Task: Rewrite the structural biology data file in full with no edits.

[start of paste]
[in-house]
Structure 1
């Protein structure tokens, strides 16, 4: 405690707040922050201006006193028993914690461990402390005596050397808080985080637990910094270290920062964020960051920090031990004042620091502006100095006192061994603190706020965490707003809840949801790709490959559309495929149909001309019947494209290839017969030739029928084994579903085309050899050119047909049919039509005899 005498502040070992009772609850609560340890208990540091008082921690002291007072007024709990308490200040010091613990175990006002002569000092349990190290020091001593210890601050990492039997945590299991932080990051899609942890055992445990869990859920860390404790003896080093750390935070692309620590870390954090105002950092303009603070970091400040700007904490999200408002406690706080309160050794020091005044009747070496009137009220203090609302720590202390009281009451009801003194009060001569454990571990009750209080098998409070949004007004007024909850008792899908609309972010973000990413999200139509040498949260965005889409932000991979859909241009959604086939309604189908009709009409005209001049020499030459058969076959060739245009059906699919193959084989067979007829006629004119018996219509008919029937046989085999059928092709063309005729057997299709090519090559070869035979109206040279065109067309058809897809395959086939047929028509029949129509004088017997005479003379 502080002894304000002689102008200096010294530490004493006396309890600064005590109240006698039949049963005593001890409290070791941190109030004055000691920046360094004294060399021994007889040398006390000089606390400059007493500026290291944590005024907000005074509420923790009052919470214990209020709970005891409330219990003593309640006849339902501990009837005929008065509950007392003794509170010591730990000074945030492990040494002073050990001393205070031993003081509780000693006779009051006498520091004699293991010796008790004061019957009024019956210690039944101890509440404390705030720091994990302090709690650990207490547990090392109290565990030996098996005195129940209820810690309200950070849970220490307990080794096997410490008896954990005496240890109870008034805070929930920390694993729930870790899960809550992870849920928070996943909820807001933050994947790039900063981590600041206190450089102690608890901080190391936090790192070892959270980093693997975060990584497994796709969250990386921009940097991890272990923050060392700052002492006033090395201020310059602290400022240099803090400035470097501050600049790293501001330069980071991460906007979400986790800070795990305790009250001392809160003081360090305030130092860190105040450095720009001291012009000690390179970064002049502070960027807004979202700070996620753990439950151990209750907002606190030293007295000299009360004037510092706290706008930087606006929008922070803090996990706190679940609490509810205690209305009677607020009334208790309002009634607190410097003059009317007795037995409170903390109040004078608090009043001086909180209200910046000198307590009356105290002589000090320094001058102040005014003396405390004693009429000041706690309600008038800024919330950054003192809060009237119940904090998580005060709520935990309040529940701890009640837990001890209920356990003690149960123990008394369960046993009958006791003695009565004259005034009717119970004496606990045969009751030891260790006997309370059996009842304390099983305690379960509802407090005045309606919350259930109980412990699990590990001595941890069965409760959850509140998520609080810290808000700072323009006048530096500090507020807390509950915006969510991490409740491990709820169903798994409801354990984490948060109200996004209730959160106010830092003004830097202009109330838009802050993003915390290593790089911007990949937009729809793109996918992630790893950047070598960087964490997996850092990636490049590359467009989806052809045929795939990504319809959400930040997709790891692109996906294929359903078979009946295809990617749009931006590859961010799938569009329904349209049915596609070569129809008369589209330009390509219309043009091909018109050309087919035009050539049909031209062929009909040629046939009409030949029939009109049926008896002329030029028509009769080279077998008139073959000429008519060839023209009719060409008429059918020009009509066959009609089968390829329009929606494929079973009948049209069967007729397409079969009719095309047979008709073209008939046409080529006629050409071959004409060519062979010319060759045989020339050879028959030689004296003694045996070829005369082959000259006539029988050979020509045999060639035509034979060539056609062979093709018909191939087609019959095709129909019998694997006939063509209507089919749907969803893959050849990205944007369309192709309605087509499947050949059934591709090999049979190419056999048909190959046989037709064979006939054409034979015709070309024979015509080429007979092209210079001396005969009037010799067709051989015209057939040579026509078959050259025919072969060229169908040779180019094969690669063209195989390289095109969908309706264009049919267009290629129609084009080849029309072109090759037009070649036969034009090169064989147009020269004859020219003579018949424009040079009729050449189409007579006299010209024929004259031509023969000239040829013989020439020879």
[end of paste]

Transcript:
[in-house]
Structure 1
């Protein structure tokens, strides 16, 4: 405690707040922050201006006193028993914690461990402390005596050397808080985080637990910094270290920062964020960051920090031990004042620091502006100095006192061994603190706020965490707003809840949801790709490959559309495929149909001309019947494209290839017969030739029928084994579903085309050899050119047909049919039509005899 005498502040070992009772609850609560340890208990540091008082921690002291007072007024709990308490200040010091613990175990006002002569000092349990190290020091001593210890601050990492039997945590299991932080990051899609942890055992445990869990859920860390404790003896080093750390935070692309620590870390954090105002950092303009603070970091400040700007904490999200408002406690706080309160050794020091005044009747070496009137009220203090609302720590202390009281009451009801003194009060001569454990571990009750209080098998409070949004007004007024909850008792899908609309972010973000990413999200139509040498949260965005889409932000991979859909241009959604086939309604189908009709009409005209001049020499030459058969076959060739245009059906699919193959084989067979007829006629004119018996219509008919029937046989085999059928092709063309005729057997299709090519090559070869035979109206040279065109067309058809897809395959086939047929028509029949129509004088017997005479003379 502080002894304000002689102008200096010294530490004493006396309890600064005590109240006698039949049963005593001890409290070791941190109030004055000691920046360094004294060399021994007889040398006390000089606390400059007493500026290291944590005024907000005074509420923790009052919470214990209020709970005891409330219990003593309640006849339902501990009837005929008065509950007392003794509170010591730990000074945030492990040494002073050990001393205070031993003081509780000693006779009051006498520091004699293991010796008790004061019957009024019956210690039944101890509440404390705030720091994990302090709690650990207490547990090392109290565990030996098996005195129940209820810690309200950070849970220490307990080794096997410490008896954990005496240890109870008034805070929930920390694993729930870790899960809550992870849920928070996943909820807001933050994947790039900063981590600041206190450089102690608890901080190391936090790192070892959270980093693997975060990584497994796709969250990386921009940097991890272990923050060392700052002492006033090395201020310059602290400022240099803090400035470097501050600049790293501001330069980071991460906007979400986790800070795990305790009250001392809160003081360090305030130092860190105040450095720009001291012009000690390179970064002049502070960027807004979202700070996620753990439950151990209750907002606190030293007295000299009360004037510092706290706008930087606006929008922070803090996990706190679940609490509810205690209305009677607020009334208790309002009634607190410097003059009317007795037995409170903390109040004078608090009043001086909180209200910046000198307590009356105290002589000090320094001058102040005014003396405390004693009429000041706690309600008038800024919330950054003192809060009237119940904090998580005060709520935990309040529940701890009640837990001890209920356990003690149960123990008394369960046993009958006791003695009565004259005034009717119970004496606990045969009751030891260790006997309370059996009842304390099983305690379960509802407090005045309606919350259930109980412990699990590990001595941890069965409760959850509140998520609080810290808000700072323009006048530096500090507020807390509950915006969510991490409740491990709820169903798994409801354990984490948060109200996004209730959160106010830092003004830097202009109330838009802050993003915390290593790089911007990949937009729809793109996918992630790893950047070598960087964490997996850092990636490049590359467009989806052809045929795939990504319809959400930040997709790891692109996906294929359903078979009946295809990617749009931006590859961010799938569009329904349209049915596609070569129809008369589209330009390509219309043009091909018109050309087919035009050539049909031209062929009909040629046939009409030949029939009109049926008896002329030029028509009769080279077998008139073959000429008519060839023209009719060409008429059918020009009509066959009609089968390829329009929606494929079973009948049209069967007729397409079969009719095309047979008709073209008939046409080529006629050409071959004409060519062979010319060759045989020339050879028959030689004296003694045996070829005369082959000259006539029988050979020509045999060639035509034979060539056609062979093709018909191939087609019959095709129909019998694997006939063509209507089919749907969803893959050849990205944007369309192709309605087509499947050949059934591709090999049979190419056999048909190959046989037709064979006939054409034979015709070309024979015509080429007979092209210079001396005969009037010799067709051989015209057939040579026509078959050259025919072969060229169908040779180019094969690669063209195989390289095109969908309706264009049919267009290629129609084009080849029309072109090759037009070649036969034009090169064989147009020269004859020219003579018949424009040079009729050449189409007579006299010209024929004259031509023969000239040829013989020439020879």